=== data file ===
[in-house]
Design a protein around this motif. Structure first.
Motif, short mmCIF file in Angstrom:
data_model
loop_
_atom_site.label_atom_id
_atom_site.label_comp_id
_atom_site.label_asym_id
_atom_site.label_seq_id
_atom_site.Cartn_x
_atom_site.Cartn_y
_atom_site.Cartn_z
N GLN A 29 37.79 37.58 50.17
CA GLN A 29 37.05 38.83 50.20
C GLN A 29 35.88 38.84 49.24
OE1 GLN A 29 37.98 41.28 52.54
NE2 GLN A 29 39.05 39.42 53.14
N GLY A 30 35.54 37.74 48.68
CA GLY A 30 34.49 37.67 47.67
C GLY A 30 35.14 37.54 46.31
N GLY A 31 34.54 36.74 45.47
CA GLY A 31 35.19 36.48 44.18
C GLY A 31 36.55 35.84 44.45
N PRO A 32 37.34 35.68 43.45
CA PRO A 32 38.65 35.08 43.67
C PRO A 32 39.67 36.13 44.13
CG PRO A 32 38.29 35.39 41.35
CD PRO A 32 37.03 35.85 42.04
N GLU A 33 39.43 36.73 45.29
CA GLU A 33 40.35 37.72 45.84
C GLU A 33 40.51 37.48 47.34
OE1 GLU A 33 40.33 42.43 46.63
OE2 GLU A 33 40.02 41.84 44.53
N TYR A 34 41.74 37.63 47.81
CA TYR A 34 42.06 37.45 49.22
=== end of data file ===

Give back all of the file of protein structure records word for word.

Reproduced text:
[in-house]
Design a protein around this motif. Structure first.
Motif, short mmCIF file in Angstrom:
data_model
loop_
_atom_site.label_atom_id
_atom_site.label_comp_id
_atom_site.label_asym_id
_atom_site.label_seq_id
_atom_site.Cartn_x
_atom_site.Cartn_y
_atom_site.Cartn_z
N GLN A 29 37.79 37.58 50.17
CA GLN A 29 37.05 38.83 50.20
C GLN A 29 35.88 38.84 49.24
OE1 GLN A 29 37.98 41.28 52.54
NE2 GLN A 29 39.05 39.42 53.14
N GLY A 30 35.54 37.74 48.68
CA GLY A 30 34.49 37.67 47.67
C GLY A 30 35.14 37.54 46.31
N GLY A 31 34.54 36.74 45.47
CA GLY A 31 35.19 36.48 44.18
C GLY A 31 36.55 35.84 44.45
N PRO A 32 37.34 35.68 43.45
CA PRO A 32 38.65 35.08 43.67
C PRO A 32 39.67 36.13 44.13
CG PRO A 32 38.29 35.39 41.35
CD PRO A 32 37.03 35.85 42.04
N GLU A 33 39.43 36.73 45.29
CA GLU A 33 40.35 37.72 45.84
C GLU A 33 40.51 37.48 47.34
OE1 GLU A 33 40.33 42.43 46.63
OE2 GLU A 33 40.02 41.84 44.53
N TYR A 34 41.74 37.63 47.81
CA TYR A 34 42.06 37.45 49.22